Weekend Racing Roundup: It was a quiet weekend for racing around the Chesapeake, so we’re heading around the world today to get our racing fix -- to France!
MACIF Shatters Round-the-World Record
French sailor François Gabart took the 99ft trimaran MACIF around the world in just 42 days, 16 hours, 40 minutes, and 35 seconds, besting the previous record for a solo circumnavigation by over 6 days. And it was just Gabart’s first crack at the record. Not too bad for a rookie.
MACIF was on fire for portions of the trip -- at one point, the boat covered 851 miles (a 35.46kt average!) in a single day. To put that in context using a little cocktail napkin math: if you left the docks here at Spinsheet and started heading south, 851 miles would put you a little past Daytona Beach, FL!
Gabart ended up only about a day and half behind the all-time record, held by fellow countryman Francis Joyon and his five-man crew on IDEC 3. As it turns out, the French are pretty good at this sailing around the world thing -- they hold all the podium steps for the fastest circumnavigations in multihulls (solo AND crewed) and monohulls.
With the bar firmly set for going around the world to the east, we wonder if the “wrong way” record will be the next to be attacked -- it’s 13 years old and sits at a pokey 122 days, 14 hours. And yes, it’s held by a French sailor too.
Crazy Days for the Volvo Ocean Racers
When Race Control extended a portion of the Antarctic Ice Exclusion Zone (a virtual boundary that the teams cannot cross) further north after reports of a 60-metre iceberg, they made life on-board the boats safer but quite a bit harder.
The extension created a “peak” in the exclusion zone that the teams had to travel north to get around. Once they got past it, the teams immediately started climbing down the ladder to get further south and back into the better breeze. This set off a gybing frenzy, with current leader Dongfeng throwing in 31 gybes in just two days. And on a Volvo 65, a gybe is no small thing -- each one can take up to 45 minutes to fully complete. For a little taste of everything that has to go on, Vestas 11th Hour Racing’s on-board media reporter Sam Greenfield goes into some detail:
“First, everyone sleeping must wake up and put on all their wet weather gear. Then the crew moves every non-fixed bag/article/bit of the boat inside, down to the toothbrushes, from the old side to the new side. The OBR finds a bucket and sponge and bails out every drop of water that’s pooled up on the low side. Non-complacency is not an option. When the internal stack has been shifted the sailors go on deck and shift another few hundred pounds of sails from the old side to the new side. Then they actually go through the process of gybing the boat.” Or, as he more succinctly puts it: “In short, gybing blows.”
The weather is no joke either. From Simon Fisher, navigator on Vestas:
“Conditions have been pretty full on to say the least. As the barometer fell and the low approached so did the air and sea temperature and we quickly found ourselves in the conditions that the Southern Ocean are famous for. After the passage of the front which saw gusts of almost 50 knots we commented on how wild the conditions were but over the last 36 hours we have quickly become accustomed to sailing in more than 40 knots downwind, with one gust topping out at 53 knots in the midst of a hail storm. 30-35 knots has become to feel quite moderate these days which is a measure of how windy it has been.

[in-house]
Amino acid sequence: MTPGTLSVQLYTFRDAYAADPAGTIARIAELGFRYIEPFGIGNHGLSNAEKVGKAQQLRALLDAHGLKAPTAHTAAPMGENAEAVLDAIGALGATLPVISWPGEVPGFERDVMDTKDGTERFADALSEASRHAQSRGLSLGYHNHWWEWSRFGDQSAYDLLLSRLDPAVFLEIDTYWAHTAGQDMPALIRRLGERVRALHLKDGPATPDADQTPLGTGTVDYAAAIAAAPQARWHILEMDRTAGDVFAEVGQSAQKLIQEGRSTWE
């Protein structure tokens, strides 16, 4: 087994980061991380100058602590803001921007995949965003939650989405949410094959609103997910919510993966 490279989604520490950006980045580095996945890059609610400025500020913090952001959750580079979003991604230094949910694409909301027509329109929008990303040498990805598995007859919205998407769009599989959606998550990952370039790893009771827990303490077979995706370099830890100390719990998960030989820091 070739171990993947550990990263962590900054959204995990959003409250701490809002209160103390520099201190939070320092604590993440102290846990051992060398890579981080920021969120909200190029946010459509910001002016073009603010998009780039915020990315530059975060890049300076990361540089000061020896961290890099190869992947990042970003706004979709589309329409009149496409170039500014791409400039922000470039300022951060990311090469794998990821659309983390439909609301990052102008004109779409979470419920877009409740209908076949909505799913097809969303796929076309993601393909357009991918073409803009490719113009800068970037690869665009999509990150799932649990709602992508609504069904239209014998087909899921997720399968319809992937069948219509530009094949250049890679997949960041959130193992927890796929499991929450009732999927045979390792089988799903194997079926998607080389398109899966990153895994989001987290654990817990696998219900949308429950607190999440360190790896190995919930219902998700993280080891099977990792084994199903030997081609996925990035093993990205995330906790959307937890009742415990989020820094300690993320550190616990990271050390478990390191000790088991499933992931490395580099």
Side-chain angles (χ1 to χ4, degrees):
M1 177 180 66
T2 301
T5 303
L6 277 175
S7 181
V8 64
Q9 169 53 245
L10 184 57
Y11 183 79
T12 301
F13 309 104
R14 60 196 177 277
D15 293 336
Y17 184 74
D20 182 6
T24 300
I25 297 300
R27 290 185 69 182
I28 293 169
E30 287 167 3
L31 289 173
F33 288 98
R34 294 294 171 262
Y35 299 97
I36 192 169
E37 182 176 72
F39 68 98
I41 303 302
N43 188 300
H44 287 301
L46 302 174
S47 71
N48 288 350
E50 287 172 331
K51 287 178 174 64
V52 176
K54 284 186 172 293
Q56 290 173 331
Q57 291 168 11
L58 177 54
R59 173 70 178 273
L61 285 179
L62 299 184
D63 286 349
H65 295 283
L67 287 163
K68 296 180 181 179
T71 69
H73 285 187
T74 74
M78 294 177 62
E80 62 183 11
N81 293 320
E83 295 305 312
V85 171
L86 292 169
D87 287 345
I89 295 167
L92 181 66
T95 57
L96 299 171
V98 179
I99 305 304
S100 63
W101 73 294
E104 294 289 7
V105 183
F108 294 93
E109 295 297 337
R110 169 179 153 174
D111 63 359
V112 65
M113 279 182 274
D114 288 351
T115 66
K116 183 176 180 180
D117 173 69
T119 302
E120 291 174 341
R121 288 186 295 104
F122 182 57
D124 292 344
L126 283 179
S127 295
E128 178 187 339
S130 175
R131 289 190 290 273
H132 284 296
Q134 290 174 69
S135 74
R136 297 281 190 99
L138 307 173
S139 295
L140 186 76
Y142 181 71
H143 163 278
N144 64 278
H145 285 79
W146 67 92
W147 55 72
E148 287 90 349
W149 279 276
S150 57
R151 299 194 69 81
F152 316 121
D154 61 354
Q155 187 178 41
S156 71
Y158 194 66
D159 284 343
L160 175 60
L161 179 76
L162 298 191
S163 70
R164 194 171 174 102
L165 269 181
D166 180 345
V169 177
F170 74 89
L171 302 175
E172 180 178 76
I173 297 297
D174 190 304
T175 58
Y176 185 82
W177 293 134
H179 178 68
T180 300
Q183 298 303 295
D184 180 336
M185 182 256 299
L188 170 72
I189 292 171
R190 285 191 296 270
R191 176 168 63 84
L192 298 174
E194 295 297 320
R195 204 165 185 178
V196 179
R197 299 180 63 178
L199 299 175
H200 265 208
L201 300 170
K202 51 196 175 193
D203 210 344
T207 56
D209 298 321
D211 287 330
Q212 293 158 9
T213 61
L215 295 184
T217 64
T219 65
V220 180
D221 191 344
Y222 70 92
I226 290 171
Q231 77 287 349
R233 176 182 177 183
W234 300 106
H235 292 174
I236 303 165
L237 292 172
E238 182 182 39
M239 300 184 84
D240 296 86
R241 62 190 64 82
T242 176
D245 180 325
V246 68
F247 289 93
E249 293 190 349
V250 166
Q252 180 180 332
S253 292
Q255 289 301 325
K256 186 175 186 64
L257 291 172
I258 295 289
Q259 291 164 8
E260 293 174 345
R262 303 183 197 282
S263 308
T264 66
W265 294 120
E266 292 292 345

Despite the sea and air temperature hovering around 7-8 degrees [44-46 degrees Fahrenheit] and the wind still blowing hard morale on board is good.”
Unfortunately, AkzoNobel haven’t made it through the hardest of the conditions unscathed. During a gybe that went a bit wonky, they pulled the track that holds the mainsail to the mast clean off. Since marinas or ports to set into for a repair aren’t really a thing on the Southern Ocean, the team had to hoist crew members up the mast while sailing to make repairs. Not ideal. Here’s a quick taste of what it looks like:
Unfortunately, the team’s first attempt at a repair didn’t hold and they had to try again -- so far though, the second attempt is hanging in there and the team is pushing hard to try and claw back any chance at improving their finish.
Incredibly, after eight days and over 3,000 miles sailed, Dongfeng and MAPFRE had a port/starboard moment while blasting along at 20+ knots. ““Not too long ago we had a port-starboard situation with MAPFRE, and that's an amazing thing to have happen,” Dongfeng's Carolijn Brouwer reported. “The guys on MAPFRE had to ease their masthead sail and arc up to avoid hitting us. We've been battling it out, gybing the whole night through, with probably an hour max on each gybe.”
With less gybing forecasted for the next 24 hours and a little more drag racing, the crews will hopefully get a little more time in their bunks and start to recharge for the last 2,700 miles into Melbourne.
Star Sailor Almost Done with Transatlantic Voyage
Last week we told you about an Italian sailor, Dario Noseda, who was trying to cross the Atlantic on a journey from Spain to the Bahamas on a Star. At the time, he was about 800 miles from the finish -- he’s now down to just 50 miles now, but he also really needs to end this journey. He’s been out of food for over a day and has been getting battered by strong winds and waves for about 48 hours. After over a month on a Star, we can’t think of a sailor more deserving of a shave, shower, STRONG cocktail, and a comfy bed. He’s got a crowd waiting for him to finish and Dario is expected to arrive in Martinique around 7:00pm Eastern. You can follow the final updates on the Facebook page dedicated to this adventure: Star in Oceano.